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Will 2019 Be the Year Cleveland-Cliffs' Investors Have Been Waiting For?

Tyler Crowe, The Motley Fool

Four years ago, Cleveland-Cliffs (NYSE: CLF) brought in CEO Lourenco Goncalves to salvage a company that was on the brink of bankruptcy. The price of iron ore, its principal product, had been declining since 2010 as the Chinese commodity boom started to wane. To make matters worse, the previous management team had made some poor decisions to acquire questionable assets at top-of-the-market valuations.

With loads of unprofitable businesses and a bloated balance sheet, Goncalves and current management began cleaning house. Today, after years of selling and shuttering assets and trimming its balance sheet, the company is back on much-surer footing. Its net debt is less than half what it once was, and focusing on its high-margin operations in the U.S. has restored profitability.

Despite these changes, the company's stock trades as though nothing has changed. Long-term investors have been waiting for Wall Street to catch on and start valuing this stock for what it is today instead of what it used to be. Will 2019 be the year that finally happens? Let's take a look at the things working in favor of and against Cleveland-Cliffs, and whether the stock is a buy today.

A dump truck and a crane near a heap of ore at a mine.

Image source: Getty Images.

What's different?

Cleveland-Cliffs' business barely resembles what it was a few years ago. Instead of assets in multiple countries and investments in iron ore, metallurgical coal, and alloys commonly used in the steelmaking process, the company has been stripped down to its core activity: producing iron ore in the U.S. to sell to local steelmakers. Even the company's name is different -- it changed in 2017 from Cliffs Natural Resources. 

Iron ore is a relatively cheap commodity on a per-ton basis, but it is heavy, and transportation costs can be significant. With mines in the U.S. that produce a quality grade of iron ore relatively close to centers of demand, Cleveland-Cliffs is able to realize higher prices per ton sold for the same ore that would come from places such as Brazil. It also signs customers up for annual contracts that ensure volumes are consistent.

Having contracts that ensure volume commitments and charging a slight premium to reflect lower transportation costs help explain how the company has churned out steady operating profits over the past few years. Unfortunately, those operating profits were quickly eaten up by debt-servicing costs. This is another aspect of the business where Cleveland-Cliffs' management has changed things considerably. In less than five years, the company has trimmed its debt load by more than half and now carries a considerable amount of cash on the balance sheet. At the end of the most recent quarter, Cleveland-Cliffs had close to $900 million in cash on the books, and net debt of around $1.4 billion.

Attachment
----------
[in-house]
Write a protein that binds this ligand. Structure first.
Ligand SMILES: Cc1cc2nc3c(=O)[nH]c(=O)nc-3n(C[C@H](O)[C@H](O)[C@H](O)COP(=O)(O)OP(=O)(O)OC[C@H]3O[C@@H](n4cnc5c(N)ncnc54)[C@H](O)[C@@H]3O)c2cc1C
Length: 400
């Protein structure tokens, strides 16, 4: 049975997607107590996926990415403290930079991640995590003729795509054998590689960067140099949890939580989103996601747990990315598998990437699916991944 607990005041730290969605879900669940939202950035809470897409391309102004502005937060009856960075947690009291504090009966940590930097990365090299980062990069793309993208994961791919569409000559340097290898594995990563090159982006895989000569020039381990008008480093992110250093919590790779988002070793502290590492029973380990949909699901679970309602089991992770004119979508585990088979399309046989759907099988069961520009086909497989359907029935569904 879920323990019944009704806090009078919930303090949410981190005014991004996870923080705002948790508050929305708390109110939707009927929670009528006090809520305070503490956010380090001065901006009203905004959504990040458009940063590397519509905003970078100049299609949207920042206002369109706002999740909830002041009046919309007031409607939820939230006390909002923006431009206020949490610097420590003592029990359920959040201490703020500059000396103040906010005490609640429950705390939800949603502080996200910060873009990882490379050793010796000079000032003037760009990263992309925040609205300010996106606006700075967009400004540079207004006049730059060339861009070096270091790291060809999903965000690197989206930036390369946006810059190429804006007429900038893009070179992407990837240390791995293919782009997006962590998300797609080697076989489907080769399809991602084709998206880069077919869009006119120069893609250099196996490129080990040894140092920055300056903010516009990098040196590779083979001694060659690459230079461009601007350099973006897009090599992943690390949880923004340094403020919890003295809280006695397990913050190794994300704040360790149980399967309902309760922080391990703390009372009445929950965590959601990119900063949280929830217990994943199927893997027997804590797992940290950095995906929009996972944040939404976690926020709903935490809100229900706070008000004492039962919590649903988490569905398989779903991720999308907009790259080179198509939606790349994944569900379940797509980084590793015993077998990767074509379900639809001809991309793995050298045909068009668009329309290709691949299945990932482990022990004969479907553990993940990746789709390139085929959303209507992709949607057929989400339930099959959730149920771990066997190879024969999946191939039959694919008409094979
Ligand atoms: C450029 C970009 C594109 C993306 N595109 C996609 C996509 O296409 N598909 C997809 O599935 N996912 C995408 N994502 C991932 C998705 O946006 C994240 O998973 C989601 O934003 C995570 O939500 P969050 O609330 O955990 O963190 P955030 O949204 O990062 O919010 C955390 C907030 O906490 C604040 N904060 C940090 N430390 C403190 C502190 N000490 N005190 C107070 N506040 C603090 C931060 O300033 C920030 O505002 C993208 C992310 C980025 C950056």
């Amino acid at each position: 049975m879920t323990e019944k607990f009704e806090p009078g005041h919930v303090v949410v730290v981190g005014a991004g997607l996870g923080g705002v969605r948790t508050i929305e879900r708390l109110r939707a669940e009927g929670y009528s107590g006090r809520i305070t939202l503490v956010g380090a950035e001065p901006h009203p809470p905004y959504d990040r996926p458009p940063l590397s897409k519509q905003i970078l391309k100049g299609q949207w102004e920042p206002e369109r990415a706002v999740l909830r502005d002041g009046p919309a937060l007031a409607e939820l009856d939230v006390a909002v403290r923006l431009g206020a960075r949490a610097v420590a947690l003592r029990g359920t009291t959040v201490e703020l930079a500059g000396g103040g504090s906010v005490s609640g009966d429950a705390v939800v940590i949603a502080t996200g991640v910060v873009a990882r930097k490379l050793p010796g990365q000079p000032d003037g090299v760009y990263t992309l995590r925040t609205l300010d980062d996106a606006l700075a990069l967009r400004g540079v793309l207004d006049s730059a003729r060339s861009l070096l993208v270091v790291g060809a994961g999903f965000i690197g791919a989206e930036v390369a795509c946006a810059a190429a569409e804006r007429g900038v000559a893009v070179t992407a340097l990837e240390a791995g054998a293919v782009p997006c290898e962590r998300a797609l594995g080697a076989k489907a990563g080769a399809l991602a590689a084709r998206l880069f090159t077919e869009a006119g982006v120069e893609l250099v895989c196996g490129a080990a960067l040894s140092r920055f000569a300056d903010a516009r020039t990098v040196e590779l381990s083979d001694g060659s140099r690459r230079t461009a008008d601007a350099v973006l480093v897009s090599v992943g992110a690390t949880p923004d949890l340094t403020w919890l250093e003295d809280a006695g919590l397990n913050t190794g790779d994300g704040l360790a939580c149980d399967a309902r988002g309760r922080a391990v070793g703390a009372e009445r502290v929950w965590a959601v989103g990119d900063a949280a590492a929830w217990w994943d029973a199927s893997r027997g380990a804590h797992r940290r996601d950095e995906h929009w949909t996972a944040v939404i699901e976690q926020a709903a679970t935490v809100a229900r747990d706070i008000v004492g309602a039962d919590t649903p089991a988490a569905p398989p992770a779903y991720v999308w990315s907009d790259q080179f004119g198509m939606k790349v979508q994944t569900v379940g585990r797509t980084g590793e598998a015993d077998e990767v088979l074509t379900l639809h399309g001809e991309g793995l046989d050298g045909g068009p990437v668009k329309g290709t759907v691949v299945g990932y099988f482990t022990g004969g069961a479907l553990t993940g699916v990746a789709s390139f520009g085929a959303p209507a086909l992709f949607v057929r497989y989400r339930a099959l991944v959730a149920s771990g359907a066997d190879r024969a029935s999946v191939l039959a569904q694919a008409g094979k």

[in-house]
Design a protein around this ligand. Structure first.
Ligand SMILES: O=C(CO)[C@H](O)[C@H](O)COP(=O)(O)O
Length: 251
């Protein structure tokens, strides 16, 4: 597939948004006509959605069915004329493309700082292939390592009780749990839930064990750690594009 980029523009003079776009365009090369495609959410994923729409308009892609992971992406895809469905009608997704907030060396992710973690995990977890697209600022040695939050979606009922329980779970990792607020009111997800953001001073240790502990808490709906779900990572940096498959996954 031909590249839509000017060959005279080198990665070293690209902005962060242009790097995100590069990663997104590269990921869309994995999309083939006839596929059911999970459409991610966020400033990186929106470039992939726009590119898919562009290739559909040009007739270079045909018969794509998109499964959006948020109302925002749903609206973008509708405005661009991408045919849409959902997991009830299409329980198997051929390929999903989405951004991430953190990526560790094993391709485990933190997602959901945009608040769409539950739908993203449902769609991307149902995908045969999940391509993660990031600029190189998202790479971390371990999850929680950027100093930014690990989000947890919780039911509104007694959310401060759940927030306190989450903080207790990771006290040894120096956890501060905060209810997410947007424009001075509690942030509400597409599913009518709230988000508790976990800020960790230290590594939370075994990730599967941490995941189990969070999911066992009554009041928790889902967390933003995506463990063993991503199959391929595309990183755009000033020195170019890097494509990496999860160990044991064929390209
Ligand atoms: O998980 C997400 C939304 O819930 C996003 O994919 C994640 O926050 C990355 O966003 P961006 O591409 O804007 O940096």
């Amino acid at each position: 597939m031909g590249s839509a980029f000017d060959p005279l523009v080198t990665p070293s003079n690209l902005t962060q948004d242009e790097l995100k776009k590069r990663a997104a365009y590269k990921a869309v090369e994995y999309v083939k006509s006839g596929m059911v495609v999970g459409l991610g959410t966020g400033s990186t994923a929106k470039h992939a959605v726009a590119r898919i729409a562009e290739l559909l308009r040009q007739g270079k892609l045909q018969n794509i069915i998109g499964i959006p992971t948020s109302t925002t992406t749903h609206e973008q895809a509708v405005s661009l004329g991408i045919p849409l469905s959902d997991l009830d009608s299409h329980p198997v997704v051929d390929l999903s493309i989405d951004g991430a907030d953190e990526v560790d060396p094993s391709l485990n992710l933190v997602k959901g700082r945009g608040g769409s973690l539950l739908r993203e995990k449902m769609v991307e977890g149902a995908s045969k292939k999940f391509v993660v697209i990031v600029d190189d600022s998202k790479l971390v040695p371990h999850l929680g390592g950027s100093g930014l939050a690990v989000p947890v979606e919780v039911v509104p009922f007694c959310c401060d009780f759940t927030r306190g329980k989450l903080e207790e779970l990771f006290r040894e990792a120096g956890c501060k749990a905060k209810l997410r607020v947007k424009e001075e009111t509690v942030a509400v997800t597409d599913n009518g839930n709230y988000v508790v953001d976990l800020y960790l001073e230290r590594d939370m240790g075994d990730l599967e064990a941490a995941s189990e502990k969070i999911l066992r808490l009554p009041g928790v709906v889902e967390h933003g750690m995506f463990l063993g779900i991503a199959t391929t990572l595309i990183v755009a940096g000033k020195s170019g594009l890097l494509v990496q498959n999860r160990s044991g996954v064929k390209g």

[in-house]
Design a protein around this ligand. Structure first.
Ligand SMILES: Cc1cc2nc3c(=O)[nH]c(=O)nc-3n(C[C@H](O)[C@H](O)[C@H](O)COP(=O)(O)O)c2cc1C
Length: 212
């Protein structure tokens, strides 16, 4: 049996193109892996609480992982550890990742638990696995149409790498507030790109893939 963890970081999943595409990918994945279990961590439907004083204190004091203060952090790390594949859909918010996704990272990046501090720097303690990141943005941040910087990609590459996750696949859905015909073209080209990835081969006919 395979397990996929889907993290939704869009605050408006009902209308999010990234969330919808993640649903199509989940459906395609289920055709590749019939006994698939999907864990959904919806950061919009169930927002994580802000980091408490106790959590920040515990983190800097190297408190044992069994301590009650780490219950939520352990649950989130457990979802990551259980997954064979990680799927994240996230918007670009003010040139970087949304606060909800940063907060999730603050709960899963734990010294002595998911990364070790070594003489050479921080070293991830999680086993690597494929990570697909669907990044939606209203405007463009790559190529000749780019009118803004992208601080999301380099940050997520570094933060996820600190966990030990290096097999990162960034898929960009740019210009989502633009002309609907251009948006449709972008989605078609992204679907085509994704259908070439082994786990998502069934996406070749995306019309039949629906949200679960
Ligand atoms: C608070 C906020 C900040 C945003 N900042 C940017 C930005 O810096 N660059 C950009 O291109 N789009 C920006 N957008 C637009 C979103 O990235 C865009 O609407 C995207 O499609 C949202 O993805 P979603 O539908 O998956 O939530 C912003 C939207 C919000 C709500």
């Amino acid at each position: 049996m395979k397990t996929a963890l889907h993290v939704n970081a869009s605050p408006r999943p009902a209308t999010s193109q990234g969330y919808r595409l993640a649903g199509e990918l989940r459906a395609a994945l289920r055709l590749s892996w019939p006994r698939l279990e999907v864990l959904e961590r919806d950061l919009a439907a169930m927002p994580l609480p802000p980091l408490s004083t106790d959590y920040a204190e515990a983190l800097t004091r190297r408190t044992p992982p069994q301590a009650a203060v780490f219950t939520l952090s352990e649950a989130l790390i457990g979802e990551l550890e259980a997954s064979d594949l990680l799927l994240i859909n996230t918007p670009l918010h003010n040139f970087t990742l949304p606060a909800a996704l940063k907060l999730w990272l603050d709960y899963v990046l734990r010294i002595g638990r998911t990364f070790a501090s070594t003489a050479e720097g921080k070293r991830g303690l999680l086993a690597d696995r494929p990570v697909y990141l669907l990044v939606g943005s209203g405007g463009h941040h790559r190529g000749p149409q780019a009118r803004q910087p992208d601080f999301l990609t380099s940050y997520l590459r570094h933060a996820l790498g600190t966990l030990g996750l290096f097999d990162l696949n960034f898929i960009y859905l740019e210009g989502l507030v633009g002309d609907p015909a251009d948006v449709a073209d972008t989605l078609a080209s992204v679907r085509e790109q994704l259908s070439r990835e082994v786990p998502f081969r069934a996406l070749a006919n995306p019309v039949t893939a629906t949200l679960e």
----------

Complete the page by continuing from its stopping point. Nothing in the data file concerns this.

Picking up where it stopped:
The combination of focusing operations on its profitable U.S. business and cleaning up the balance sheet has done wonders for the income statement. Management is comfortable enough with its current position that it's investing in growth and has reinstated a $0.20-per-share annualized dividend that, at current stock prices, yields 2.6%.

What's the same?

All of the things mentioned above show that what's under the hood at Cleveland-Cliffs is wildly different from the way things were before the new management team took over. But despite the engine tune-up, it's still an ugly investment on the outside. Iron ore is still a commodity business in which demand and prices are incredibly sensitive to economic cycles. If there were a decline in economic output relatively soon, it wouldn't be surprising to see Cleveland-Cliffs' profitability decline significantly. 

Another thing to consider: The tariffs on imported steel have boosted domestic steel prices, which in turn has lifted iron ore prices. If those tariffs were to suddenly go away, it could result in a big hit to prices and possibly total demand. 

Companies tied to commodity prices will almost always trade at a discount to the overall market because they're cyclical. Buying in the midst of a commodity boom like the one we saw in 2010 can make your money disappear faster than if you doused it in kerosene and lit a match. Cleveland-Cliffs' stock was a textbook example.

CLF Chart

CLF data by YCharts.

What matters in 2019?

The argument for Cleveland-Cliffs is twofold: (1) The changes management has made over the years have been enough that the company is in good shape to handle the ups and downs of the commodity cycle; and (2) the stock is so unbelievable cheap today that there is some value in the stock even if we see a decline in the iron ore business. Today, shares trade at 2.7 times earnings, and management's forecast for 2019 gives a positive outlook for the price of high-quality iron ore pellets. Even if the company misses these forecasts by a considerable amount, it will likely still be able to turn a modest profit. 

As a shareholder of Cleveland-Cliffs, I may be a bit biased toward the bullish argument. That said, a couple of quarters of earnings results that confirm some of the things management has forecast could get Wall Street on board. If that's the case, then shares of Cleveland-Cliffs look dirt cheap and are worth considering. 

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Tyler Crowe owns shares of Cleveland-Cliffs. The Motley Fool has no position in any of the stocks mentioned. The Motley Fool has a disclosure policy.